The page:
If you want to change predefined events *after installation* of MIDIO128, just follow the instructions under tools/mk_midio128_syx/README.txt

The described approach allows you to customize the events w/o creating a new .hex file and installing the MIDIO128 application again.

If you prefer to modify the program directly, edit src/midio_presets.inc, build a new .hex file (your own MIDIO128 variant) and upload it with MIOS Studio

Sorry for all the confusion, but I tried to provide a simple and more flexible approach - it seems that this only leads to unnecessary complexity

Best Regards, Thorsten.

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Sorry for all the confusion, but I tried to provide a simple and more flexible approach - it seems that this only leads to unnecessary complexity

For future reference TK, I think you did this the right way.

It's not the implementation that causes confusion, it's the documentation, or lack thereof. I mean... the documentation is sufficient for experienced builders, but needs a lot of research for newbies. This is mostly the fault of newbies who figure it out, but don't bother to document it for others.

In future, I think that you should keep doing what you've done in the past.

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The newbies who use MIDIIO128 for Miditzer virtual theatre organ projects are working on documentation in the Miditzer forum. Since their discussions probably have more Miditzer specific content than Midibox content I think their discussions are in the right place. As this documentation becomes stable I will see that it migrates to the Midibox documentation collection. In the meantime, see http://www.northparkmeadows.com/midio_mysteries.pdf. Any non-Miditzer users who are using MIDIIO128, particularly if for organ midification, are welcome to join the Miditzer Forum at http://www.VirtualOrgan.com/ and participate in the MIDI Electronics area to use the support available there for MIDIIO128.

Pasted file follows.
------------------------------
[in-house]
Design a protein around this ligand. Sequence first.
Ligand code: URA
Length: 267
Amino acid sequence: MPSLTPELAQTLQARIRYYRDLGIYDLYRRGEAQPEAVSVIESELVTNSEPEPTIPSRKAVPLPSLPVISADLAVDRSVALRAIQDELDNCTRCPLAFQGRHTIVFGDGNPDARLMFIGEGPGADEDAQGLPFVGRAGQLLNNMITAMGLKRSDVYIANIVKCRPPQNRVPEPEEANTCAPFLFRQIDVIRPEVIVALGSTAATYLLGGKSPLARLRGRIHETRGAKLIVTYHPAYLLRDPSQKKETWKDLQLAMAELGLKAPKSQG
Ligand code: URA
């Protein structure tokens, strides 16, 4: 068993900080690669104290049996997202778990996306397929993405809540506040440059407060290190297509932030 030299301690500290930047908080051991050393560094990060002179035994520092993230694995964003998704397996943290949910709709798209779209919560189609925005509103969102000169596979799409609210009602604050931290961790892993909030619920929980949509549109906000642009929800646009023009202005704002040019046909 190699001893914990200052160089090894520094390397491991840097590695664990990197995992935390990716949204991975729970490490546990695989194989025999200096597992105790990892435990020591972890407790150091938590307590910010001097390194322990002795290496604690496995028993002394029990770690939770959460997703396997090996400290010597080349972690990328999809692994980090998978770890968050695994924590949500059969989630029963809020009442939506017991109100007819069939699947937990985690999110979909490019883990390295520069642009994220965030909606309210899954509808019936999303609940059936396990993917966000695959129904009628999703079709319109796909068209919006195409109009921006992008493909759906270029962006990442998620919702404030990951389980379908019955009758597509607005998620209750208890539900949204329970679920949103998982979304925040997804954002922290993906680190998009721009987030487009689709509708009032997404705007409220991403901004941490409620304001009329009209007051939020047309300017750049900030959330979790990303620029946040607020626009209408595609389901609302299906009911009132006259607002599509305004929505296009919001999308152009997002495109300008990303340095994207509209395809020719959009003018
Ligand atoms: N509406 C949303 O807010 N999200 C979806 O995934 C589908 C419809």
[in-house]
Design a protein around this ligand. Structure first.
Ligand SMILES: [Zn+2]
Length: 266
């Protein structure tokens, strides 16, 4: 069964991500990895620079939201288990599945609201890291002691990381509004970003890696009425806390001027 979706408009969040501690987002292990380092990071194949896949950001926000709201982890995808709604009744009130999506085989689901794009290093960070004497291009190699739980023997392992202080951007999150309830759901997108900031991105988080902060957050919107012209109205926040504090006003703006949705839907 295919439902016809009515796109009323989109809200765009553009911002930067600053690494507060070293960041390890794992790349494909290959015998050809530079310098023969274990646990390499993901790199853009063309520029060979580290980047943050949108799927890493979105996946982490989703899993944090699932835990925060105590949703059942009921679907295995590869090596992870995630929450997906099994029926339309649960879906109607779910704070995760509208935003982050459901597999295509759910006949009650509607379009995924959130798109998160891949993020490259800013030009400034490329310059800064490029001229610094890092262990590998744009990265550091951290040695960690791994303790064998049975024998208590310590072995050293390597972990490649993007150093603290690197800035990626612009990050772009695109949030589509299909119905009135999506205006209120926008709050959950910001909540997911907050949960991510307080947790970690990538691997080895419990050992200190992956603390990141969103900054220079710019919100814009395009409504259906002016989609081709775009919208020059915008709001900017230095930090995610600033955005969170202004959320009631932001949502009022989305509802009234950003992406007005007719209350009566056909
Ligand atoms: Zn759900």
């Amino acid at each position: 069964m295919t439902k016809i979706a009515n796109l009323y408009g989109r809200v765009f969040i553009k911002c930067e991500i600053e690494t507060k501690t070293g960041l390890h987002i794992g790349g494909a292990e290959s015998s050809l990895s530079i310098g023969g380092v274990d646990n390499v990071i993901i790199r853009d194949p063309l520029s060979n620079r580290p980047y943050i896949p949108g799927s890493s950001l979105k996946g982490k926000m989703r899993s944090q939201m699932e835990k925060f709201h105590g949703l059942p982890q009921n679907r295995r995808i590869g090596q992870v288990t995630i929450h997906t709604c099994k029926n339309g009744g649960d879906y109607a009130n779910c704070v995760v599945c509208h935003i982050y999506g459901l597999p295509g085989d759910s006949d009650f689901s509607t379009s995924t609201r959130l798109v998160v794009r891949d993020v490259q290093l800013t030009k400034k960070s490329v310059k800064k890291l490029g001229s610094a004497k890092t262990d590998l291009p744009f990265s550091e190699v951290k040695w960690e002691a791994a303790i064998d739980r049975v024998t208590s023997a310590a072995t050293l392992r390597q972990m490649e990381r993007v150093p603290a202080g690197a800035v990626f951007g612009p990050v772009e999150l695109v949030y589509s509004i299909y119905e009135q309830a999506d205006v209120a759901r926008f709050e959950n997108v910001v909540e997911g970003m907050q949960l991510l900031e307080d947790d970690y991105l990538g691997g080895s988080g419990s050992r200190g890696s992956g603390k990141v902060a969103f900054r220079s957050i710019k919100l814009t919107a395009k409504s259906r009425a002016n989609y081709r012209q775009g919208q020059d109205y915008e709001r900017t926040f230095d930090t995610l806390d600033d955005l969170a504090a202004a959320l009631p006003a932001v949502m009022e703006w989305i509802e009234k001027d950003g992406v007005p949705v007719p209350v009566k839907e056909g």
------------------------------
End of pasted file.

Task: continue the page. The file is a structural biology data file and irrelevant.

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I'm slowly getting it figured out with the help of a document (Midio128 Application Setup Mysteries Revealed)

"in the meantime"? I don't see how that doco could be improved, it's pretty much bang-on!

Kinda proves the point really - I mean, when you work from that doc, it's pretty hard to get it wrong. It shows (graphically!) how the whole INI file thing makes it easier to modify the functionality of the box without having to understand some code.

PS Props to the miditzer community for the help!

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Esagmuller.

You are overcomplicating the process.

If you purchased the PIC with the bootloader and mios in place, then your are good to go. I have loaded midio128 and the ini file several times and use midiox as I find it to be the simplest.  the procedure I follow is simple:

Be sure that you have the latest version of midio128, corresponding to the latest version of mios.

Make a note of where you have unzipped the midio128 files to. Look at the files and find the " Main" sysex file, It will have a small icon beside it.

Be sure that you have a midi cable connected from the midi output device on the computer to the midi in connector on the core. If you have a cable connected fo the midi in connector on the core, remove it. Turn on the power to the core.

1. Load "midiox" and start the program.